Gosai himself once had Sunil Gavaskar – one of the greatest opening batsmen in history – caught on the boundary.

“We would play to crowds of a couple of thousand when India toured,” he says, pointing out of the window. “We used to have three cricket grounds.” These days, there is just the one: a groundsman is driving a mower up and down it in preparation for their first game of the season. One of the other grounds has become an astroturf hockey pitch in front of the veranda – the club has a proud hockey tradition – and the third was sold off to boost funds. Even the Indian Gymkhana cannot survive on its history alone.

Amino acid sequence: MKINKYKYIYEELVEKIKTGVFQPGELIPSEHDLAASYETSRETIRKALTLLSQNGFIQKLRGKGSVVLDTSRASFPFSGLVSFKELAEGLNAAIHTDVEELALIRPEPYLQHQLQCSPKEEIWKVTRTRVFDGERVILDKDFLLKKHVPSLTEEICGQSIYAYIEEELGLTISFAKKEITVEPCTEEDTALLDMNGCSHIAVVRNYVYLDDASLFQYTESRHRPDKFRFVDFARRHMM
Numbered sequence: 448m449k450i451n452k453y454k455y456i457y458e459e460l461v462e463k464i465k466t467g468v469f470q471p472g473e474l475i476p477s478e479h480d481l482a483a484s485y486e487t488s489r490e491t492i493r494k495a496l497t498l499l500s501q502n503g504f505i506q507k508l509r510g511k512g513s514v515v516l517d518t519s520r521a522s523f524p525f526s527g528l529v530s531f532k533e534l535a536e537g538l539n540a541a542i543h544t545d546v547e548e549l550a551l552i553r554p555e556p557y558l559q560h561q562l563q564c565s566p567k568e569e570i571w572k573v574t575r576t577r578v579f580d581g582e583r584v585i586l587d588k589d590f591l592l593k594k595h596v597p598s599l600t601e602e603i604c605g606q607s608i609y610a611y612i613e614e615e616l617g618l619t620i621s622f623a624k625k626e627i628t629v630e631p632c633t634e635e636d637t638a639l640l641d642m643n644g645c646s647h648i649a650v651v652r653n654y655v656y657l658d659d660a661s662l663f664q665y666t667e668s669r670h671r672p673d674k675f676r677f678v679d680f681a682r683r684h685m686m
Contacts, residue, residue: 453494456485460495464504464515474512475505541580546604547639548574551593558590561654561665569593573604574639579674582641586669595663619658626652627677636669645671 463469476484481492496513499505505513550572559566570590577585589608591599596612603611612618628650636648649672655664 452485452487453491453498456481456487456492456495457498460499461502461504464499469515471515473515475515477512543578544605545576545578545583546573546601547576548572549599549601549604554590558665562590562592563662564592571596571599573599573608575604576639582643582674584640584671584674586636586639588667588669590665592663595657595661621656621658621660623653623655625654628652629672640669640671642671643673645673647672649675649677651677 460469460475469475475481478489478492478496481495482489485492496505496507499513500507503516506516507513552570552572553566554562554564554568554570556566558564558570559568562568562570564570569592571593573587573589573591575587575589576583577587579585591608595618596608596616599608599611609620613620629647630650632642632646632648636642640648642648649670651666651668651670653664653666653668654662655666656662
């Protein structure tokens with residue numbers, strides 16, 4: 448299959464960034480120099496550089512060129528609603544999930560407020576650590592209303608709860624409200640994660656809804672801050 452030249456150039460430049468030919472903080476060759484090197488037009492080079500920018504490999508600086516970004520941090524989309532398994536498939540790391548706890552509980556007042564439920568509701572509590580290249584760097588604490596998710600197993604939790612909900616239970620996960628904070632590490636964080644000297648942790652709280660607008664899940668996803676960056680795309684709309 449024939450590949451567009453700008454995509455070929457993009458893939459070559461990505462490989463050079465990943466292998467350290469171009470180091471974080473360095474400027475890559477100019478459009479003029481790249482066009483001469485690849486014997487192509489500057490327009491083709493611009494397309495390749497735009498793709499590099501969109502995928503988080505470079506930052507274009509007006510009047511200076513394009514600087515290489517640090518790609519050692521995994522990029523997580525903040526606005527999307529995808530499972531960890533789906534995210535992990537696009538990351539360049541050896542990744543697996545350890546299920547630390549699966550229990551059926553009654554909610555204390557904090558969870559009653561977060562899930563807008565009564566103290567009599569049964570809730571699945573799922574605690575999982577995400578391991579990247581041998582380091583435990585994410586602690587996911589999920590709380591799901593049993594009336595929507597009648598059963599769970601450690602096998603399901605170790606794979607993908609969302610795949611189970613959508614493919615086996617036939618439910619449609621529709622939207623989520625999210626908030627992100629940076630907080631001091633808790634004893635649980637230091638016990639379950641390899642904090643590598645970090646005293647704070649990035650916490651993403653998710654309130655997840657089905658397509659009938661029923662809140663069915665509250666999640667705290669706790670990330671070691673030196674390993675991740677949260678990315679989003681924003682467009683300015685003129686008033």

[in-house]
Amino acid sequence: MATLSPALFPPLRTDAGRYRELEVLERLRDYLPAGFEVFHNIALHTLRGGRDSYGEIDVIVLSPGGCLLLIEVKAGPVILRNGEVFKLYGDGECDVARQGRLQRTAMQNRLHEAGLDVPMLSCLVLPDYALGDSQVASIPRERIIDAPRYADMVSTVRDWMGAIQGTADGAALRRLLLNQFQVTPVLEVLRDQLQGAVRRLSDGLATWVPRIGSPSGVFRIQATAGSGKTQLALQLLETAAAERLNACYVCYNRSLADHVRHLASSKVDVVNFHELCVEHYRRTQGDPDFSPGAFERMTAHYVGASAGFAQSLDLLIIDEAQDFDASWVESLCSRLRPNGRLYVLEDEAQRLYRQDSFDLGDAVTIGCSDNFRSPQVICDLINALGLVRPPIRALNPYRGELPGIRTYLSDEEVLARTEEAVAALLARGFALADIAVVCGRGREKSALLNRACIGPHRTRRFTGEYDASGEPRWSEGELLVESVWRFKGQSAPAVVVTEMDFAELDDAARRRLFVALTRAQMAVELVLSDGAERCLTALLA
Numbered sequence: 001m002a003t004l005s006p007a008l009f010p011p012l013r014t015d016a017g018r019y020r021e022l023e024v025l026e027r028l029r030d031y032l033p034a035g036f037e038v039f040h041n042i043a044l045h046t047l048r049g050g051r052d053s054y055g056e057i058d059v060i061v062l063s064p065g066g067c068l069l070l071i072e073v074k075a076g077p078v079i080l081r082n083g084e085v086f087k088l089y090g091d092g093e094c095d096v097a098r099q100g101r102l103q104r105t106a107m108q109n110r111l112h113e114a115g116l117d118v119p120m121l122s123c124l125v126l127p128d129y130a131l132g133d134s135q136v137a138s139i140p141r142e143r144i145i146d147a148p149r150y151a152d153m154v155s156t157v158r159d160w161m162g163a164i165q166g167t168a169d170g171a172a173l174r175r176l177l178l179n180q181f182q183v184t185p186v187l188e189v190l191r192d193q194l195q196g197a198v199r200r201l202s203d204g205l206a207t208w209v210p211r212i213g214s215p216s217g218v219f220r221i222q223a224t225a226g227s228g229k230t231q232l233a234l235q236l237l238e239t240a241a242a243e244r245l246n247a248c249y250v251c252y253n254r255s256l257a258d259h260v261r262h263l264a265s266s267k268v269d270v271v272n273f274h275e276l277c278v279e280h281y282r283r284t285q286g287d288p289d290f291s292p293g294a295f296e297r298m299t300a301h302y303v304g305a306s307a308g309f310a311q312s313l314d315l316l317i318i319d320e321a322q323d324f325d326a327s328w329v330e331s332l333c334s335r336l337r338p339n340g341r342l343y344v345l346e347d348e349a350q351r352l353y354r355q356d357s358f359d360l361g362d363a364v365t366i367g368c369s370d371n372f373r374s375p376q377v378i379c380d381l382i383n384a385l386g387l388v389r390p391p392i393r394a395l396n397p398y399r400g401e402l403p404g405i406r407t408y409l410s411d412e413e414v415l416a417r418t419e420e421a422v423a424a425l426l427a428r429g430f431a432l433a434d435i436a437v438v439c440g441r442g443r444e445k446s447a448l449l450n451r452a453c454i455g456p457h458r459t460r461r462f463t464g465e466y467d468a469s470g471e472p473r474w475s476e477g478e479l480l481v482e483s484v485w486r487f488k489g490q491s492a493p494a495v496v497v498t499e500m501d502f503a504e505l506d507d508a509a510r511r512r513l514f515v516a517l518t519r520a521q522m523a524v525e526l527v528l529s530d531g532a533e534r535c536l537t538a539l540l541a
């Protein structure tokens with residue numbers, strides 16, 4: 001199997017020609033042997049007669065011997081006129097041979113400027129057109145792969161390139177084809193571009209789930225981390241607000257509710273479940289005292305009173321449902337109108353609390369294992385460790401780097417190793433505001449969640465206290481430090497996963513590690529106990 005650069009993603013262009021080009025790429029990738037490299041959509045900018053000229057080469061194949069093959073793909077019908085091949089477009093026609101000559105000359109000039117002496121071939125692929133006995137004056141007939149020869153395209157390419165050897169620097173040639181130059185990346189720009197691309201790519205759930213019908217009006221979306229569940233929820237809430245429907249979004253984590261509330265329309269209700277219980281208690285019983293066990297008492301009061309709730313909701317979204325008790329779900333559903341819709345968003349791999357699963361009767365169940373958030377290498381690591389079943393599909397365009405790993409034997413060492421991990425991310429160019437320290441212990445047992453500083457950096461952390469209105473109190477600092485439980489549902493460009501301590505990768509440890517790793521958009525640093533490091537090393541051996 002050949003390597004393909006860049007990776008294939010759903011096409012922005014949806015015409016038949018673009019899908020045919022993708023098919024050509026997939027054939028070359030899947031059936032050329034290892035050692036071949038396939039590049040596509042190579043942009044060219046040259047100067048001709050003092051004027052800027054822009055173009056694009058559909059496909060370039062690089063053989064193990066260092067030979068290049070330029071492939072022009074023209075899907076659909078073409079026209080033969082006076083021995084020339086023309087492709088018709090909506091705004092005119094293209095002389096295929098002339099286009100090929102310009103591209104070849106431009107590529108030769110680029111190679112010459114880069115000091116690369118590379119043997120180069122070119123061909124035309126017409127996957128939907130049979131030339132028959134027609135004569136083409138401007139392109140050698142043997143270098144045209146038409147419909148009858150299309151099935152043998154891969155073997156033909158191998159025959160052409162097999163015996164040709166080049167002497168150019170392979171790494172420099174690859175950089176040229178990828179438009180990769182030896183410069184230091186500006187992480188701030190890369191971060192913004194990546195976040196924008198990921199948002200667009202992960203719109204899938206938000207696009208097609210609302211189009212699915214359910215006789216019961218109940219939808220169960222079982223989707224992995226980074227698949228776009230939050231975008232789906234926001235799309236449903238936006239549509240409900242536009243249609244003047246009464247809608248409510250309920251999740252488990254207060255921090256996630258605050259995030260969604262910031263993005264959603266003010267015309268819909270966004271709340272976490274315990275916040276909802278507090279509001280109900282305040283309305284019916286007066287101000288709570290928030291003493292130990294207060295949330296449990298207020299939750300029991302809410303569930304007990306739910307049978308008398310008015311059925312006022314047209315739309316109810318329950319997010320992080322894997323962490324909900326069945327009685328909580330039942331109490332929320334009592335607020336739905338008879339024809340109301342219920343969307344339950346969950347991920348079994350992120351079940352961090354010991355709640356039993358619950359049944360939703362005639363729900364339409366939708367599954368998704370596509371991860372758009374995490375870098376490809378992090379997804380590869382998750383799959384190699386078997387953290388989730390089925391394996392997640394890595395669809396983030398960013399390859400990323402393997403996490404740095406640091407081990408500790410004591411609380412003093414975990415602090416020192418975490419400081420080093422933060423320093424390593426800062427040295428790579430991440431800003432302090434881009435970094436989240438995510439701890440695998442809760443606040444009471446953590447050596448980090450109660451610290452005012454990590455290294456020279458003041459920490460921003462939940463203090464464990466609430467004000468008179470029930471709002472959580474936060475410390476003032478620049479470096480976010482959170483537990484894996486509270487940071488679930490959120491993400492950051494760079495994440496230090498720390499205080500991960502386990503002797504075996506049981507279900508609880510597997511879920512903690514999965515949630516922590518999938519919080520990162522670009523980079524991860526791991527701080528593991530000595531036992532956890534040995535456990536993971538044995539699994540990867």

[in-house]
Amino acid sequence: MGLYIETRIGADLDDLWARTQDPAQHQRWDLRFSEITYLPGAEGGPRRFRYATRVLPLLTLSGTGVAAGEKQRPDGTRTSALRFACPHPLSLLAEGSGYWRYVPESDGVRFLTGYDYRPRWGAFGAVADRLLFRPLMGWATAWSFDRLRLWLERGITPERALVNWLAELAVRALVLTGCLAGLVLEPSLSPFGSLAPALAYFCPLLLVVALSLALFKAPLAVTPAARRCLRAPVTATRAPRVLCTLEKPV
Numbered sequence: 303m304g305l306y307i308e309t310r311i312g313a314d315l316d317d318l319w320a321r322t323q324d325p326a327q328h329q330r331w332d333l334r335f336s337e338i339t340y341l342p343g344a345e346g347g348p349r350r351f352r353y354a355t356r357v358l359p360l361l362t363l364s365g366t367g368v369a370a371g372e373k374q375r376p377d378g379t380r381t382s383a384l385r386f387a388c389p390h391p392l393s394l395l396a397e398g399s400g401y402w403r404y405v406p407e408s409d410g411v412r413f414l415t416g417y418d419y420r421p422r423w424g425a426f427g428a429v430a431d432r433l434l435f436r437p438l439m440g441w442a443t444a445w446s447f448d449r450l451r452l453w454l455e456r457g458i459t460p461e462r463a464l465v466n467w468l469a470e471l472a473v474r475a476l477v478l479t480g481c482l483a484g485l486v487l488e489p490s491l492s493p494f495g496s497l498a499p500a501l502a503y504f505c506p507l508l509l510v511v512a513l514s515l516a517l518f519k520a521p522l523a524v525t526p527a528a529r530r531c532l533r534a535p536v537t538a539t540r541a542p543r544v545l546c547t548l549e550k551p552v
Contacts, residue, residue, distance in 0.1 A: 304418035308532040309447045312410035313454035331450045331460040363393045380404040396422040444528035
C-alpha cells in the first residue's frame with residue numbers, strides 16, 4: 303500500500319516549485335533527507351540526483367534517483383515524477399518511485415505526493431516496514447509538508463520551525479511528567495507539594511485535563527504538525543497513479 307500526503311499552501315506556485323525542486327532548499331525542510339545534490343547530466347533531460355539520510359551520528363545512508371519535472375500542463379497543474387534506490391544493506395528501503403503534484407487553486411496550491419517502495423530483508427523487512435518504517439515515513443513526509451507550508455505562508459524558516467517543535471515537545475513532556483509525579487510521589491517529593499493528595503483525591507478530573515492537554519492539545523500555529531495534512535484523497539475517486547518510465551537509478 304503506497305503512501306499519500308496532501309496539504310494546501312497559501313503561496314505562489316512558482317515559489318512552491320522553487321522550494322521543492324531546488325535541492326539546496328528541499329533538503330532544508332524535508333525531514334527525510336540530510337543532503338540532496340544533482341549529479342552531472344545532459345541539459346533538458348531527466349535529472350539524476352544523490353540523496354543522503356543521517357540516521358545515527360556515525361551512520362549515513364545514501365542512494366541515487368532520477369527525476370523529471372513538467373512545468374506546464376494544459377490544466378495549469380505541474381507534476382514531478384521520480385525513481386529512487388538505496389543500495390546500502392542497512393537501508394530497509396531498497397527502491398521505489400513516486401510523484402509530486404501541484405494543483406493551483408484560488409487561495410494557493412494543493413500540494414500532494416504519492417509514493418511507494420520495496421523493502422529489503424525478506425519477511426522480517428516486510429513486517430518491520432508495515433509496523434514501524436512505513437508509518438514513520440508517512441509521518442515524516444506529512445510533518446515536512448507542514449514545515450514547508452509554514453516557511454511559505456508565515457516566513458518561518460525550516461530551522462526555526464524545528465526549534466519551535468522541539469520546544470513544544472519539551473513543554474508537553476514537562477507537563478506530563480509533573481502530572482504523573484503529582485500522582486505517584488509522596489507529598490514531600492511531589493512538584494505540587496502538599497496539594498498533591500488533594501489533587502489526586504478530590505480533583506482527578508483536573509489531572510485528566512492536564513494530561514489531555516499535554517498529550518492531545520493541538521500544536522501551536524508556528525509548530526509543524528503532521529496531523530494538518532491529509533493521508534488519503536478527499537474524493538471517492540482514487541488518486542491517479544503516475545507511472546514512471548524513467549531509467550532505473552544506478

But what a history it is. The club’s first first season was 1917. The players, mostly wealthy sons of the Raj, leased a ground in Acton at the cost of £60 for the summer, so they could indulge their passion for the game. The club finished their debut season with 13 wins and only six defeats – and such was their sphere of influence that Marylebone Cricket Club mandarin Lord Hawke even organised a fixture against the touring Australian side at their hallowed London ground, Lord’s (it ended in a draw).